Irish Roots

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You know you’ve been in Ireland a good while when you catch yourself referring to people as “your man”, saying “like” after every phrase, and ending phone conversations with as many “bye”s as you can squeeze in before you’re hung up on.

I originally planned to spend 2 full months in London. That was before I made some good Irish friends who intrigued me with tales of races turned into mudbaths, their one-of-a-kind athletic club, and Coach Patsy, the Godfather of Irish athletics. In typical Irish fashion, my friend rung his running buddies, landed me accommodations, and set up a meeting with Patsy- all before I committed to the trip. Looks like I’d be going to Ireland!

Once that was decided, with very little convincing necessary, my mom got to work on her own task: tracking down some distant relatives whose only information she had was the name of the house they lived in. No address, phone number, or even village name- just a vague notion of the area our ancestors came from. But after some major sleuth work, she finally got a lead through the results of a local road race, of all things. My trip to Kilmihil was meant to be!

Many people would have been a little weirded out by all the stalking that preceded my visit. The Haugh family, on the other hand, welcomed me into their home as if I’ve known them forever, drove me all around Ireland, and served me the equivalent of a Thanksgiving feast for every lunch and dinner. I made a mistake early on by showing them that I eat a lot more than I might let on, and Bernadette seemed to see that as a challenge. Just how high could she pile the food on every plate? And how many servings could she give me before I surrendered? Thank goodness she’s an excellent cook- and that I was only there 5 days- or else I’d be in trouble!

I stayed in the beautiful house that Padraig built himself and now lives in with his lovely girlfriend Lisa, and was treated to the full Irish experience. They took me to the Cliffs of Moher, Doonbeg Beach, a Gaelic football game, and a few buzzing pubs. In addition, they ensured that I ate black pudding and heaps of spuds, watched the Guard and the national hurling championship, and even saw a few authentic Irish travelers (dream accomplished).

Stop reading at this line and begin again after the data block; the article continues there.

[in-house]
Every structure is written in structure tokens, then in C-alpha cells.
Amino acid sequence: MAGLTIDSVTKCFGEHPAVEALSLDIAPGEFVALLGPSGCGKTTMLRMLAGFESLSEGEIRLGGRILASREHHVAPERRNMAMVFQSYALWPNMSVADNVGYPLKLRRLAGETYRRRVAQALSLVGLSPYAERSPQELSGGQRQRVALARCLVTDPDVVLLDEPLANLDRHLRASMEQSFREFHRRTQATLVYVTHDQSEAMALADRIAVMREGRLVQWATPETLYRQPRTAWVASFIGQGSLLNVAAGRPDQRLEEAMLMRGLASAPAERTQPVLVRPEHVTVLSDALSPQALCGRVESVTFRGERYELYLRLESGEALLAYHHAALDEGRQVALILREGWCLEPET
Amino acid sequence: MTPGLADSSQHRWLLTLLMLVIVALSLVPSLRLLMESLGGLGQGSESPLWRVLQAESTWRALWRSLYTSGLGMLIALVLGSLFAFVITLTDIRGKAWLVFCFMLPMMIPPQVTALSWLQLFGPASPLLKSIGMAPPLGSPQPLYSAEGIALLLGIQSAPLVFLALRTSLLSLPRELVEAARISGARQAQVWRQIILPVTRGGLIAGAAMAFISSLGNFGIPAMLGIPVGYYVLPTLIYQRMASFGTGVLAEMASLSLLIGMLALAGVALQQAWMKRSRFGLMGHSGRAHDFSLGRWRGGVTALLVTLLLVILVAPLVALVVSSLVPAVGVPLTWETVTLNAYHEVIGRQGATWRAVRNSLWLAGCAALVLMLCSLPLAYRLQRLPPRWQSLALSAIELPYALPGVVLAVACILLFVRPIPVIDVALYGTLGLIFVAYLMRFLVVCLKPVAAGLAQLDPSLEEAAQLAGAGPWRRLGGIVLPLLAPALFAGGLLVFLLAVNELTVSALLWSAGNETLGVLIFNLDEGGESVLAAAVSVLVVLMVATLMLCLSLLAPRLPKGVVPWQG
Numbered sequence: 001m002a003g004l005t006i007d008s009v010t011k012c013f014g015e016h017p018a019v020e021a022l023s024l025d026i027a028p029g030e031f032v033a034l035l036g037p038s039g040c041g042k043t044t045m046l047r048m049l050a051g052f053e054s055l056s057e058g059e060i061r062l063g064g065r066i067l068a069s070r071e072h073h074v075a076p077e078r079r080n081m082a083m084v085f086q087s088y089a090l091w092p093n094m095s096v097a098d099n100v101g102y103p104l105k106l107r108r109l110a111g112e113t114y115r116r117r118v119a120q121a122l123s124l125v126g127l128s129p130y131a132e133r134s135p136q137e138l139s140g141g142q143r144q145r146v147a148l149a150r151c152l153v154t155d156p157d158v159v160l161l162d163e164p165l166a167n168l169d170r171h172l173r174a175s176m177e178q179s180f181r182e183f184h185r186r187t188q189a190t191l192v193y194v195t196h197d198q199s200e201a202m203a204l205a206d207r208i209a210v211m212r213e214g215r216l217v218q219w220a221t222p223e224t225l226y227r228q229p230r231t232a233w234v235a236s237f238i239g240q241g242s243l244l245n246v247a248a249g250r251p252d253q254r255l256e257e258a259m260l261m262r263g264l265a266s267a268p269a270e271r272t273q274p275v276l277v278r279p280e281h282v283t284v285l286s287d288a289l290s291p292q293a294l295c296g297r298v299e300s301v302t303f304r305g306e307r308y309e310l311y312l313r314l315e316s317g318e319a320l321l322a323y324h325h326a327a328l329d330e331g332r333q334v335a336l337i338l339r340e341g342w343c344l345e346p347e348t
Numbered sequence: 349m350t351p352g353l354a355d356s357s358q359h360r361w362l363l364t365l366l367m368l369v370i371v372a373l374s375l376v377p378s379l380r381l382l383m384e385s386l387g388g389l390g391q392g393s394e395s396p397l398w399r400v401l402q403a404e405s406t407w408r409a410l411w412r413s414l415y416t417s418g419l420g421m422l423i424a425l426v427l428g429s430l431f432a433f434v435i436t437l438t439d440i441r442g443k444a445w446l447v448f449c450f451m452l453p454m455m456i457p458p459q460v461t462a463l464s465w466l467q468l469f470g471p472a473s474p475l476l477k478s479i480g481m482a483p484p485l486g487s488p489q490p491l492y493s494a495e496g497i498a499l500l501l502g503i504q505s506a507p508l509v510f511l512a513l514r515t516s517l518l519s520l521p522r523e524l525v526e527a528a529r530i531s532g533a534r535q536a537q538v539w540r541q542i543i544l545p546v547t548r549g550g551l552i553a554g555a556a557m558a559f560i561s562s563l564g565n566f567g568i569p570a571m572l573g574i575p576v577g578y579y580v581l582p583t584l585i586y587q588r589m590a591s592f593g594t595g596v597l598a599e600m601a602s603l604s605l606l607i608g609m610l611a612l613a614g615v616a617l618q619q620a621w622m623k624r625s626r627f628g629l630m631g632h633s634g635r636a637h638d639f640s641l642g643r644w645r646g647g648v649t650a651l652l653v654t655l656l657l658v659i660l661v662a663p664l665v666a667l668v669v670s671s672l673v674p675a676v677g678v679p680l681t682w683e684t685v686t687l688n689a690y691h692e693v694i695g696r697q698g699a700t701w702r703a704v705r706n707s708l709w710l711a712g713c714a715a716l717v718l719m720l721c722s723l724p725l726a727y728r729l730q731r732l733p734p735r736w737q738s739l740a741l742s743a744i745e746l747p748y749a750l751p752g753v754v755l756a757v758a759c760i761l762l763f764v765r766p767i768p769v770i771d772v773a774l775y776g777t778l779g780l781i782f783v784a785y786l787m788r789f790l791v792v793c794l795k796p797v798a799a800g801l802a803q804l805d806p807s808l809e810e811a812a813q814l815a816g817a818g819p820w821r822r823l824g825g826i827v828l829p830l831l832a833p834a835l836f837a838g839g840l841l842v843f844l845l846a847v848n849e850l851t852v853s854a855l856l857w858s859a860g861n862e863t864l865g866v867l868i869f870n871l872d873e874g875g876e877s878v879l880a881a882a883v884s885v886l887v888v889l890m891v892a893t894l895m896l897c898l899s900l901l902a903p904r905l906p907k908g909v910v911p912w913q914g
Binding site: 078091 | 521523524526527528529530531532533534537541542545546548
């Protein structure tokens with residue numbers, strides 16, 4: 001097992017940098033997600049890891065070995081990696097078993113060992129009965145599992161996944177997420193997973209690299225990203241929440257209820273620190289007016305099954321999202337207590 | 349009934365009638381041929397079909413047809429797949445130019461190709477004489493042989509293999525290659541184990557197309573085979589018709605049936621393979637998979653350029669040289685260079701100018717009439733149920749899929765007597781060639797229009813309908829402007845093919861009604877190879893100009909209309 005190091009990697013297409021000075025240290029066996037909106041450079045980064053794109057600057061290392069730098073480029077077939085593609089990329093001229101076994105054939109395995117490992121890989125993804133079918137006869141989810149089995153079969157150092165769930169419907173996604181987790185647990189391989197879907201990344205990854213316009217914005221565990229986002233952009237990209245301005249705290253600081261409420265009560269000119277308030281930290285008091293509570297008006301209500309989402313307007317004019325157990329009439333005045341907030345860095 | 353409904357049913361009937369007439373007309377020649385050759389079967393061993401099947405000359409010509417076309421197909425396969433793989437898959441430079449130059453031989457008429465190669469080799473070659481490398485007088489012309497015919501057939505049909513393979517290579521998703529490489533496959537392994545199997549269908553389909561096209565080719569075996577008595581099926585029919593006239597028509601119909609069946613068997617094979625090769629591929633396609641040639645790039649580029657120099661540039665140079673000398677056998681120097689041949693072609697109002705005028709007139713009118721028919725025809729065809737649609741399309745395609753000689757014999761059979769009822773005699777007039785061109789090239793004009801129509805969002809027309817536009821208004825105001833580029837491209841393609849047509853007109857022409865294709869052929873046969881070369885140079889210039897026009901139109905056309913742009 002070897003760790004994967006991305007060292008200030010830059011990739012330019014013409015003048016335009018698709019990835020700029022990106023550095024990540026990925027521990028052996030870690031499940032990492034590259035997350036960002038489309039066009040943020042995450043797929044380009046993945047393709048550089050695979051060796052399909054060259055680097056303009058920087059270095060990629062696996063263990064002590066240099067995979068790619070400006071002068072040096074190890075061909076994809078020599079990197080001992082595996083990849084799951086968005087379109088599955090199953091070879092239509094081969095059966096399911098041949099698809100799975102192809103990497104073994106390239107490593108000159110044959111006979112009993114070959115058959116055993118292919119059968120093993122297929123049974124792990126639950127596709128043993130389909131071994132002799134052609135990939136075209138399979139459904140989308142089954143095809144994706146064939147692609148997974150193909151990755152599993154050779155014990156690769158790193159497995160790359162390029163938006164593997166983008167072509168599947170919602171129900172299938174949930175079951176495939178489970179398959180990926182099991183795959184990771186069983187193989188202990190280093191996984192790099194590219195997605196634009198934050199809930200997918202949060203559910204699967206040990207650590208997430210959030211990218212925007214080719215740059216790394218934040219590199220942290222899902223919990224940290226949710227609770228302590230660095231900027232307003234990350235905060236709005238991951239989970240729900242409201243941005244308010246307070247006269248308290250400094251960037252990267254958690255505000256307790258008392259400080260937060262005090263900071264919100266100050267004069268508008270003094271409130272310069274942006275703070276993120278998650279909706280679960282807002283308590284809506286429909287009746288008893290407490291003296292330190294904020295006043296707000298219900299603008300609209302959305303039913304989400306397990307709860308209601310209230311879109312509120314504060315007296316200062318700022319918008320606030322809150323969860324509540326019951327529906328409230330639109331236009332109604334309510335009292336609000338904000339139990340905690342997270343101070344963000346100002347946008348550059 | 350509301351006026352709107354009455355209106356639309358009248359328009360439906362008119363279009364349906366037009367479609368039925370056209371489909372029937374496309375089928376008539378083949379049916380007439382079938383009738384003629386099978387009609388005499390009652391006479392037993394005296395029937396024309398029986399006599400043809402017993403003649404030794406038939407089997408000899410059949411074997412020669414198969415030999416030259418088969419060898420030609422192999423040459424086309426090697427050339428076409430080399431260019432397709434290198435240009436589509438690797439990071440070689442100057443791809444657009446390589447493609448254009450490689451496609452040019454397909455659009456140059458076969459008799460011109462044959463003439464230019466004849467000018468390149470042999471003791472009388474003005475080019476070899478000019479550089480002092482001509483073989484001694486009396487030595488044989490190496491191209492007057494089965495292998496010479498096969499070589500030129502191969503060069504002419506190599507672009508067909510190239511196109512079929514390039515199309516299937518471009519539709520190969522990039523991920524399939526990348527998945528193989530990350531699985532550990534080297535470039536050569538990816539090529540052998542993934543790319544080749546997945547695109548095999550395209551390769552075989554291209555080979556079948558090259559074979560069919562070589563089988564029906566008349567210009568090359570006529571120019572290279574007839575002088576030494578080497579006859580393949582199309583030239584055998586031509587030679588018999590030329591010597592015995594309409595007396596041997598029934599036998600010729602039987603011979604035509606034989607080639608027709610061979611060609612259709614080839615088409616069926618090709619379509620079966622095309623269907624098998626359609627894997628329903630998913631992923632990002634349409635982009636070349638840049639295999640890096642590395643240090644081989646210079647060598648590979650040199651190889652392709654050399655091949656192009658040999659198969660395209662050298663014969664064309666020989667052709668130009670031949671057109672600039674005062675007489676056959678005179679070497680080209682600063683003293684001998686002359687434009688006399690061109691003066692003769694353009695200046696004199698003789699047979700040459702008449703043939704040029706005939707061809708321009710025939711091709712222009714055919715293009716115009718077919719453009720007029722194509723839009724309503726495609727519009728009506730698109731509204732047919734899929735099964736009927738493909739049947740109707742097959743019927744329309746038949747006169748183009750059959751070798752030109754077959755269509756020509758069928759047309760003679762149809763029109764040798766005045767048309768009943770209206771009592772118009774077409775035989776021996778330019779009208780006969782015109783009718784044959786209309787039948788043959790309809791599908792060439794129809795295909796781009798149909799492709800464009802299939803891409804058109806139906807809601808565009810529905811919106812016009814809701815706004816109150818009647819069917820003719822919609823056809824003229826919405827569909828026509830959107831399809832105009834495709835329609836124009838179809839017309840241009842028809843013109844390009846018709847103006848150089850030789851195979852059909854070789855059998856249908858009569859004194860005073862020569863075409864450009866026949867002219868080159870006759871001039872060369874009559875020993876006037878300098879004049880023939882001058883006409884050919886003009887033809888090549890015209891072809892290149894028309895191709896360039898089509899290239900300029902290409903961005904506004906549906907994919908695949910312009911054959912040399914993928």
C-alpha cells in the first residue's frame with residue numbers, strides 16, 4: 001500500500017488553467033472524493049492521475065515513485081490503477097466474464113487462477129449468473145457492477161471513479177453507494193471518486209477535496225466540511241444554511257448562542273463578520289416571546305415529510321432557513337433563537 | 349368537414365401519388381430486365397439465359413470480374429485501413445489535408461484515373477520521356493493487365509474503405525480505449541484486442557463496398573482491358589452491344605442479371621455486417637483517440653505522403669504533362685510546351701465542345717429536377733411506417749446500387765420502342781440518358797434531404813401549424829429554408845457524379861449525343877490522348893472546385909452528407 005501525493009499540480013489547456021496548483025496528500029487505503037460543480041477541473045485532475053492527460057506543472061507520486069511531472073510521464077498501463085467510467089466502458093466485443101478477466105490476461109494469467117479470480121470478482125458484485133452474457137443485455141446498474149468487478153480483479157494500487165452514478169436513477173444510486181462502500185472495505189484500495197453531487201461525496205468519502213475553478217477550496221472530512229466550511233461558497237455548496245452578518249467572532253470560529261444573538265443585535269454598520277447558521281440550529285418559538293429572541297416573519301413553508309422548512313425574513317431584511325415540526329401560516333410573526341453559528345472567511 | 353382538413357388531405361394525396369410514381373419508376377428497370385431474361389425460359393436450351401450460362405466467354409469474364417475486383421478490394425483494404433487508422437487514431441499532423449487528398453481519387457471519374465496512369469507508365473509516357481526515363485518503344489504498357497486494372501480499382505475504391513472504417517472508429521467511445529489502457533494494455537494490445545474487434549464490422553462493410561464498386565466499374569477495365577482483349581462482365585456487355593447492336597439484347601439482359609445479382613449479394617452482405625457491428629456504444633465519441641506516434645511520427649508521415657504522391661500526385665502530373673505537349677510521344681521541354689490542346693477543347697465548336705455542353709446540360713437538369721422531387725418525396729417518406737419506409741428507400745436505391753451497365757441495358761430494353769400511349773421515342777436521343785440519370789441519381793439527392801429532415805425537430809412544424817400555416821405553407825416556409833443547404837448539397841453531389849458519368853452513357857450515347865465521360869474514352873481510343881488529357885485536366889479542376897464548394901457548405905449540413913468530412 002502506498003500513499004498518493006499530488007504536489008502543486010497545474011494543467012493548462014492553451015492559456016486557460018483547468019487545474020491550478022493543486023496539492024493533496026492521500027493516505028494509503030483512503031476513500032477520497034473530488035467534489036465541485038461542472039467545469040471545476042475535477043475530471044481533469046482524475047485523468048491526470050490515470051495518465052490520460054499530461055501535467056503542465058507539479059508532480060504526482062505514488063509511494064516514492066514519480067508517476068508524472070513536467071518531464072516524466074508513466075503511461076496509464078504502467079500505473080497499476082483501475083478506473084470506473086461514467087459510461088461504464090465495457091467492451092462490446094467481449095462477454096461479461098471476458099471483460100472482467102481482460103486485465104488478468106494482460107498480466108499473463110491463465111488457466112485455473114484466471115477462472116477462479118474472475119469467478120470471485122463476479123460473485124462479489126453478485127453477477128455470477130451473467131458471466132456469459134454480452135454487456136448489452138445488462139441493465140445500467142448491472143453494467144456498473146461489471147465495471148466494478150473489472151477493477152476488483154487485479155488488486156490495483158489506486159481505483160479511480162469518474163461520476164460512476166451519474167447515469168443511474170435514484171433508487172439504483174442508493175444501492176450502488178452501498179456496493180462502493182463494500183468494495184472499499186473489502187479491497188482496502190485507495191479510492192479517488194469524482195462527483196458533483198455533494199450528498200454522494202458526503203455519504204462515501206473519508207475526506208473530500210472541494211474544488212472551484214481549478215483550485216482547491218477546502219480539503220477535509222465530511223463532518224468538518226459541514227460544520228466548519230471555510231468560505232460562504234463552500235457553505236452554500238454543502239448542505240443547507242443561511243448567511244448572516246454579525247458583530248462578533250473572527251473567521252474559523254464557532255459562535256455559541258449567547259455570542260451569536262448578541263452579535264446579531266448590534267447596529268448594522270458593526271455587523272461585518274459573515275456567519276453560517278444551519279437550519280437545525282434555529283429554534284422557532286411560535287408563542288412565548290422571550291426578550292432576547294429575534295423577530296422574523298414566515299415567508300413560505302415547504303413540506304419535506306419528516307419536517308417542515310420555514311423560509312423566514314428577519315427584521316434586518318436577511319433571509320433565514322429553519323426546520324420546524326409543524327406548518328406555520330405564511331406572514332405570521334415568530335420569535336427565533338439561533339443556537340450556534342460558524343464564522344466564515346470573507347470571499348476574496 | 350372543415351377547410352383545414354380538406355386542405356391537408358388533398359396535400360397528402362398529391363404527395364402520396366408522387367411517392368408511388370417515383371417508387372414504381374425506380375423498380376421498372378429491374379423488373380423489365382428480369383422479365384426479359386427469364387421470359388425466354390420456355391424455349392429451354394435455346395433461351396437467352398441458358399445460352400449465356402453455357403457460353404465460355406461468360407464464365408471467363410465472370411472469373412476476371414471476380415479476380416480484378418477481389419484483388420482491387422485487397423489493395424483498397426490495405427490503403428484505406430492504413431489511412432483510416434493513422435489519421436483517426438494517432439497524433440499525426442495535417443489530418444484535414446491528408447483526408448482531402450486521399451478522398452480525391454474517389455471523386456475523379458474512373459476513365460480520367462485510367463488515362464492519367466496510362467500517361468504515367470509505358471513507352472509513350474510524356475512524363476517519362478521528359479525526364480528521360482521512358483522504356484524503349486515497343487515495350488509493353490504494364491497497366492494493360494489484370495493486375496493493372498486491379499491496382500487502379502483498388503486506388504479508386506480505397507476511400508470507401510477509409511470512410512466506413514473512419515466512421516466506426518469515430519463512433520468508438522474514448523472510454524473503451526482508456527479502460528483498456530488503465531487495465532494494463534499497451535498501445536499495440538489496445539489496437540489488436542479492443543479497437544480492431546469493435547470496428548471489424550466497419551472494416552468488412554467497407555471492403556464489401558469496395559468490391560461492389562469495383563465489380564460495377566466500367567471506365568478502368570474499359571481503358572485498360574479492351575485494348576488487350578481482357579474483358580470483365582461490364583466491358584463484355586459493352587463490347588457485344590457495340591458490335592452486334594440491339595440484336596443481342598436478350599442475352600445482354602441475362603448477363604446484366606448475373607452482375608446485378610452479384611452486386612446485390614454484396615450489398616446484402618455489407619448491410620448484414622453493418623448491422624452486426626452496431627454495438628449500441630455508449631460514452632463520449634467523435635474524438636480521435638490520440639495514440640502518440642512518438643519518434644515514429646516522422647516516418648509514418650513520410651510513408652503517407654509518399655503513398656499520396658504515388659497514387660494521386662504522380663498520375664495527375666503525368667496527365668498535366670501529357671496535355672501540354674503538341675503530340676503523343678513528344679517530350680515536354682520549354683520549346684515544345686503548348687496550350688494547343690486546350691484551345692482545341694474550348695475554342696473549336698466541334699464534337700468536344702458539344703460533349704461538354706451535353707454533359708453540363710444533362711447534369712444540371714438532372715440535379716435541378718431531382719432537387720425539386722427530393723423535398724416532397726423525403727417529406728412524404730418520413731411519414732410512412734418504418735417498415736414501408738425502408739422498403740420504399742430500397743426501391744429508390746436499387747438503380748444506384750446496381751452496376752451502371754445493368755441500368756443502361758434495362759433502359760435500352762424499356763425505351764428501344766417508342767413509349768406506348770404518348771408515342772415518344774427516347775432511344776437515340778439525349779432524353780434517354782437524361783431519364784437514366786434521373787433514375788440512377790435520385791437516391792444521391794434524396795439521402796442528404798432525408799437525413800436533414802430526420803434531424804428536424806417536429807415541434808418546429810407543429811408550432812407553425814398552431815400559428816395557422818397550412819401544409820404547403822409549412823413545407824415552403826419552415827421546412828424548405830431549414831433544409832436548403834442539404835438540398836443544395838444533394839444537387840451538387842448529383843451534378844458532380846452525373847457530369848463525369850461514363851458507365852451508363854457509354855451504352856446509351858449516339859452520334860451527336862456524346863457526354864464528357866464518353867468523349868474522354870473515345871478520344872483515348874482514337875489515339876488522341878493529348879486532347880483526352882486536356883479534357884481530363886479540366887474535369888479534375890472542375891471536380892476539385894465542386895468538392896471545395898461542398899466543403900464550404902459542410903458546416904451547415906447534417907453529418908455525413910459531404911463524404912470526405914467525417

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Also worth mentioning is the Matchmaking Festival I went to one afternoon, where I waltzed around the floor in a swarm of senior citizens hoping to find love. It was a riot to say the very least!

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This week I also completed a solid training cycle on the land that has been in the family for at least 6 generations. Running by the hills, lake, windmills and national school that my relatives knew intimately was deeply satisfying. And doing it alongside Padriag, my wonderfully sarcastic and kind “cousin,” made it all the more special.

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I’m now in Donegal and will spend the next week getting acquainted with the Finn Valley Athletic Club and the traditions it has established over the last 40 years. I’ve already learned loads from coaches and runners at a training session last night, so will save a full FVAC update for another day.

On a final note: Good luck to all the Rice girls and guys who are opening their cross country season tonight. Have a blast and know that I’m thinking about y’all from afar!

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  1. Oh, Becks. This is so lovely to read and makes me pine for a place and people I experienced way too many years ago.
    On another note, I don’t remember those boots being part of your travel ensemble.

    1. Excellent observation, Amy… those boots definitely didn’t fit in my bag. Thankfully Padraig’s girlfriend let me borrow them because they sure were necessary!

  2. Love being able to keep up with all your adventures. The matchmaking festival pictures are too much fun!

  3. Hope you’re having a blast, Becky! My Irish grandmother always used to say “bye” about twenty times before hanging up the phone 🙂 Made me laugh a lot to see you’re picking up on that.

    1. Haha yeah, it’s hard to miss and not wind up doing yourself! So good to hear from you, Georgie… hope all is well!!

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